International research team publishes new findings about gas exchange in the Arctic.
Large quantities of the greenhouse gas methane are enclosed in the seafloor of the Arctic seas. According to the current opinion, this methane could speed up the global warming if it leaks out of the seafloor and reaches the atmosphere. However, an international research team in collaboration with the GEOMAR Helmholtz Centre for Ocean Research Kiel has found that methane seeps on the seabed off the Norwegian archipelago of Svalbard do not necessarily have this effect; on the contrary, they can even remove greenhouse gases from the atmosphere. The study is published today in the Proceedings of the National Academy of Sciences of the United States of America (PNAS).
- Reference: Pohlman, J. W., J. Greinert, C. Ruppel, A. Silyakova, L. Vielstädte, M. Casso, J. Mienert, S. Bünz (2017): Enhanced CO2 uptake at a shallow Arctic Ocean seep field overwhelms the positive warming potential of emitted methane. Proc. Natl. Acad. Sci. USA, Early Edition, www.pnas.org/cgi/doi/10.1073/pnas.1618926114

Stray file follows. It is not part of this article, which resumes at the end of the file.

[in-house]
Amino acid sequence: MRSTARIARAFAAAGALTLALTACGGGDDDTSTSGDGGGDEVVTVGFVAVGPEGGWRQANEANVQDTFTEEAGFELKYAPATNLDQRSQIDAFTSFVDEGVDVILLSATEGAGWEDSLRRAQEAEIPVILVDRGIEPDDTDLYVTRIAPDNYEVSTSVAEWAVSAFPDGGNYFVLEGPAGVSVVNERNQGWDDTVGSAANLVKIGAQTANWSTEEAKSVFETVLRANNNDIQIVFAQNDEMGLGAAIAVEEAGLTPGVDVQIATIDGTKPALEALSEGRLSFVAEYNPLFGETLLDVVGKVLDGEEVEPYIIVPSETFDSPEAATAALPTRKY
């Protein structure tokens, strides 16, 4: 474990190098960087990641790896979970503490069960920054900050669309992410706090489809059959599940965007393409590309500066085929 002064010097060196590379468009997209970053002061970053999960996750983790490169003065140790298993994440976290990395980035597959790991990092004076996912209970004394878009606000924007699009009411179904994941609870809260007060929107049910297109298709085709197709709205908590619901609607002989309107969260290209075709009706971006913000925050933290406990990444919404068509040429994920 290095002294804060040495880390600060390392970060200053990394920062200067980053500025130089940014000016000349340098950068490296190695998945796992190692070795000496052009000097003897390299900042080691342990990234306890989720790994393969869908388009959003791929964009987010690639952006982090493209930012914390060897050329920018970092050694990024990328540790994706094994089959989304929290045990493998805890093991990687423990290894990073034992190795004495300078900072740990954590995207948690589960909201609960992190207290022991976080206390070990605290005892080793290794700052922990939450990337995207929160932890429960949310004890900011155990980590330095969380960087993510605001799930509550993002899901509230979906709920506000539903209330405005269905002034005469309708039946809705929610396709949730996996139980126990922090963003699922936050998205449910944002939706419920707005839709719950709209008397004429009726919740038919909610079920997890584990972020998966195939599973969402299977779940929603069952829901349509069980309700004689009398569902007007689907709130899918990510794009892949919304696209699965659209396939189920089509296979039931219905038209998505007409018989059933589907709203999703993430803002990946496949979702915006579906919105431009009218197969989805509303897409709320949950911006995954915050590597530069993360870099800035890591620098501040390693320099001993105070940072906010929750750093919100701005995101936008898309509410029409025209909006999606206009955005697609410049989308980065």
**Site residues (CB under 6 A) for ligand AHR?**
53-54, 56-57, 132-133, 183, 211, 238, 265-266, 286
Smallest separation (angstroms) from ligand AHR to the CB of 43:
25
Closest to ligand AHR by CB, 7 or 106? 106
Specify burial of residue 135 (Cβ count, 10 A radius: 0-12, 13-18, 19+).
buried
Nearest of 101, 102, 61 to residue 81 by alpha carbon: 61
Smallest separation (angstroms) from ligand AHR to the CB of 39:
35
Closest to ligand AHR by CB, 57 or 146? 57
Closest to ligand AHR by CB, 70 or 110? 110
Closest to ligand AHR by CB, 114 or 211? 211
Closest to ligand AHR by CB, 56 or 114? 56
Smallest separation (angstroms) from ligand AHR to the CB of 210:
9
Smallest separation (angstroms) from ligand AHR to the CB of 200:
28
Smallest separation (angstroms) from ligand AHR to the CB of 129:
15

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- USGS Gas Hydrates Project
- The Center for Arctic Gas Hydrate, Einvironment and Climate an Climate at the UiT/Arctic University of Norway in Tromsø